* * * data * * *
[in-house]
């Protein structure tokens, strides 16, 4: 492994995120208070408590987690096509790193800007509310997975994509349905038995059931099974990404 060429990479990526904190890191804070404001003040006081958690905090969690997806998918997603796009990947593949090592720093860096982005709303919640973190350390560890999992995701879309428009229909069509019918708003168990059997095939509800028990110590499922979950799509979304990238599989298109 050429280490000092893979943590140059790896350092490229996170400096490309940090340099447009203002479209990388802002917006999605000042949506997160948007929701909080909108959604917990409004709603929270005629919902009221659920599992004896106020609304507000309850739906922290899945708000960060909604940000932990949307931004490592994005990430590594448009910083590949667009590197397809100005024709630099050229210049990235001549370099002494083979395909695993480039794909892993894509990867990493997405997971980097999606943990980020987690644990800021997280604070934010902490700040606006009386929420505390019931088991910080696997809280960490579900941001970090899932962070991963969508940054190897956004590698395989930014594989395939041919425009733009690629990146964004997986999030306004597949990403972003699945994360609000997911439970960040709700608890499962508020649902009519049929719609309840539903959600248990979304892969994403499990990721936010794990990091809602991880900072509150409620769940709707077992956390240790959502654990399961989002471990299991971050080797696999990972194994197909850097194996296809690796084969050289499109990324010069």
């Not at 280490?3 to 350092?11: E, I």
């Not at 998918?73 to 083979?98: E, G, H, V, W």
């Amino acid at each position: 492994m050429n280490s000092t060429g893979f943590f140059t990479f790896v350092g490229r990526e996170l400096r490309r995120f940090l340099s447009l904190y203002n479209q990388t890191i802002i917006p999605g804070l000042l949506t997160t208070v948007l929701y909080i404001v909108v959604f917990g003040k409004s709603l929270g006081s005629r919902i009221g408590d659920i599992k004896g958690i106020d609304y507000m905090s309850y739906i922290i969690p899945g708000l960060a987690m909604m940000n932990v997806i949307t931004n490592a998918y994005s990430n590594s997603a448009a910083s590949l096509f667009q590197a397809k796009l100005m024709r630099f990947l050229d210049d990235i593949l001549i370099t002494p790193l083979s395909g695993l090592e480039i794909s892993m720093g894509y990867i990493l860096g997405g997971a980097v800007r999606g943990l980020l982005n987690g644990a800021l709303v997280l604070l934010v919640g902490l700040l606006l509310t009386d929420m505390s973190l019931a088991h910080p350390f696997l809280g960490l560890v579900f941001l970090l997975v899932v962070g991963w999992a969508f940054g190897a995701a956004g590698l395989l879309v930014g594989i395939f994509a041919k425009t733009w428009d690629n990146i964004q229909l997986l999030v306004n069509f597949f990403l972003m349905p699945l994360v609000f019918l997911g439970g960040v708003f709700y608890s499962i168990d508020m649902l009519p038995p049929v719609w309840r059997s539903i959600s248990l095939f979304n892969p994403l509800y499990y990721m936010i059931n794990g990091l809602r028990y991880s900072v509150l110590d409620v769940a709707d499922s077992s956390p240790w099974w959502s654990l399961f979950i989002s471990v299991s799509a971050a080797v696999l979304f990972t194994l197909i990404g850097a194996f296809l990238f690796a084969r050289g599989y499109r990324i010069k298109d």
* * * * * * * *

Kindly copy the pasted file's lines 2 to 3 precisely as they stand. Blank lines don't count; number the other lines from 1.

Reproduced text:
């Protein structure tokens, strides 16, 4: 492994995120208070408590987690096509790193800007509310997975994509349905038995059931099974990404 060429990479990526904190890191804070404001003040006081958690905090969690997806998918997603796009990947593949090592720093860096982005709303919640973190350390560890999992995701879309428009229909069509019918708003168990059997095939509800028990110590499922979950799509979304990238599989298109 050429280490000092893979943590140059790896350092490229996170400096490309940090340099447009203002479209990388802002917006999605000042949506997160948007929701909080909108959604917990409004709603929270005629919902009221659920599992004896106020609304507000309850739906922290899945708000960060909604940000932990949307931004490592994005990430590594448009910083590949667009590197397809100005024709630099050229210049990235001549370099002494083979395909695993480039794909892993894509990867990493997405997971980097999606943990980020987690644990800021997280604070934010902490700040606006009386929420505390019931088991910080696997809280960490579900941001970090899932962070991963969508940054190897956004590698395989930014594989395939041919425009733009690629990146964004997986999030306004597949990403972003699945994360609000997911439970960040709700608890499962508020649902009519049929719609309840539903959600248990979304892969994403499990990721936010794990990091809602991880900072509150409620769940709707077992956390240790959502654990399961989002471990299991971050080797696999990972194994197909850097194996296809690796084969050289499109990324010069």
């Not at 280490?3 to 350092?11: E, I």